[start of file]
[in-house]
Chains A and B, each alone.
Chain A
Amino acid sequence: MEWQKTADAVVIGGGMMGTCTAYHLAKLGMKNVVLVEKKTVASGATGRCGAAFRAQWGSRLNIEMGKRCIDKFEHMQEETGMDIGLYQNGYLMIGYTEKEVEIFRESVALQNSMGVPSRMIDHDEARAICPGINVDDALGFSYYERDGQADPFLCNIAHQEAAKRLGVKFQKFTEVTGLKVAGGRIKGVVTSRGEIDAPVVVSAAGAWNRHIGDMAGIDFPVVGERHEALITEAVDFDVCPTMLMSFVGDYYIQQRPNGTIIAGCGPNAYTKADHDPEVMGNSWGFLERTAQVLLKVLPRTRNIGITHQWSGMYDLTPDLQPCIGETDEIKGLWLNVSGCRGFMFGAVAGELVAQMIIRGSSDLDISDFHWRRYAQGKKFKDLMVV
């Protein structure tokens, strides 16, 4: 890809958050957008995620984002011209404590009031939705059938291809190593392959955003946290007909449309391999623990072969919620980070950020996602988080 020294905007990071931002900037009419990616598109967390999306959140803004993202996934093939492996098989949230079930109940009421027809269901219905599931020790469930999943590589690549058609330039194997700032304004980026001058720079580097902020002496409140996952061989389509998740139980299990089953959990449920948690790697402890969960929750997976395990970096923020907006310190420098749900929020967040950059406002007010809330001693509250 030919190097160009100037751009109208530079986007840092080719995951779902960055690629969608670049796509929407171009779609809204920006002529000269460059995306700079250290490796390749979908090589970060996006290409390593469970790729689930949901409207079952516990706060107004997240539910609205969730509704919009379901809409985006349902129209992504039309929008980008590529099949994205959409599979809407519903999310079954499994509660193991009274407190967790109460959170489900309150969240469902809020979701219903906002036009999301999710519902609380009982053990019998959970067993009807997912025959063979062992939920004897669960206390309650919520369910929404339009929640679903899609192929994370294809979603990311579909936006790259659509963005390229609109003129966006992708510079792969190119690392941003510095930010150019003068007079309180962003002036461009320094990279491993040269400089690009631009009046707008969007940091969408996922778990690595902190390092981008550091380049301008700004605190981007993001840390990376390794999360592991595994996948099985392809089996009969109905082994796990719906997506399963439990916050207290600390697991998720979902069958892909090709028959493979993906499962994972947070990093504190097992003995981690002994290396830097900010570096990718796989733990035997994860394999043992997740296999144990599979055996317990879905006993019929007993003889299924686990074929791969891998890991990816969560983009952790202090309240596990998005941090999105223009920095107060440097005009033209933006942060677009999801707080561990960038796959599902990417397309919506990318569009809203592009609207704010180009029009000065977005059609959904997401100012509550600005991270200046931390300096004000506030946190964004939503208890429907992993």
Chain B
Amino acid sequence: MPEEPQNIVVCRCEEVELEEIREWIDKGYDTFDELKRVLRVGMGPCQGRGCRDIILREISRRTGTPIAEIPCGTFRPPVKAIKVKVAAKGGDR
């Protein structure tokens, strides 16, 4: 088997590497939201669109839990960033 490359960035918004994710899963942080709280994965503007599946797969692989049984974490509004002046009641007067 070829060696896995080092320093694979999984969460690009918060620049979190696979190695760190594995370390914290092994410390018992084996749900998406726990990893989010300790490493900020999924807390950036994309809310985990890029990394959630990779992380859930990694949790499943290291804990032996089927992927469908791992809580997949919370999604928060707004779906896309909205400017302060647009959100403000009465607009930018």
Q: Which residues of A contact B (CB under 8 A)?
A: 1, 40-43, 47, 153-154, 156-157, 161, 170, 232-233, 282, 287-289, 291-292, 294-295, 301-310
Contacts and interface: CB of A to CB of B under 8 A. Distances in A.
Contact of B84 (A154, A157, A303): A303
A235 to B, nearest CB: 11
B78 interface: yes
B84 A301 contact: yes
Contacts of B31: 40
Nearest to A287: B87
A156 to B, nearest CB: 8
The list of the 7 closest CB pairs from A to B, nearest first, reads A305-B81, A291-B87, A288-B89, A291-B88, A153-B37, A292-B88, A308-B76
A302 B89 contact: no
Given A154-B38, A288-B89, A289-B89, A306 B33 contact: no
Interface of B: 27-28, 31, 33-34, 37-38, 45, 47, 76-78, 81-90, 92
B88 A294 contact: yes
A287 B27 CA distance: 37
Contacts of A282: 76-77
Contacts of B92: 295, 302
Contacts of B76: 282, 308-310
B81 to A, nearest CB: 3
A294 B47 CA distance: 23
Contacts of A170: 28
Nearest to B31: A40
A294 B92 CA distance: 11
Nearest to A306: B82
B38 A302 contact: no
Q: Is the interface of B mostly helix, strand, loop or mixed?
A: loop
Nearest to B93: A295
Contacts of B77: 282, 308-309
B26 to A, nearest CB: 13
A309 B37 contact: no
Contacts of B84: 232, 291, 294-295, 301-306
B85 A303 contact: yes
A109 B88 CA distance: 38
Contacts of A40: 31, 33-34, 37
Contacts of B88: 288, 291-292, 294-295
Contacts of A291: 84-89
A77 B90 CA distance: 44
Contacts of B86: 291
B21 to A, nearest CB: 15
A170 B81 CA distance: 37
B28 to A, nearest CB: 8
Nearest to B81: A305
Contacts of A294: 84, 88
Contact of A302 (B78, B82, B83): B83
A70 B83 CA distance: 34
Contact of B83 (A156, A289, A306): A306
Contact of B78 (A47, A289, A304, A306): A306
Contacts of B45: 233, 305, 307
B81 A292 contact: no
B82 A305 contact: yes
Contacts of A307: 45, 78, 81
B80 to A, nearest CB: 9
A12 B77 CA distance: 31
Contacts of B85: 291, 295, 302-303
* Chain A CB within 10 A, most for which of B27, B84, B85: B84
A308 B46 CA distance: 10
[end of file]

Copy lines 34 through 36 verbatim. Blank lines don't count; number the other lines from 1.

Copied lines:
B38 A302 contact: no
Q: Is the interface of B mostly helix, strand, loop or mixed?
A: loop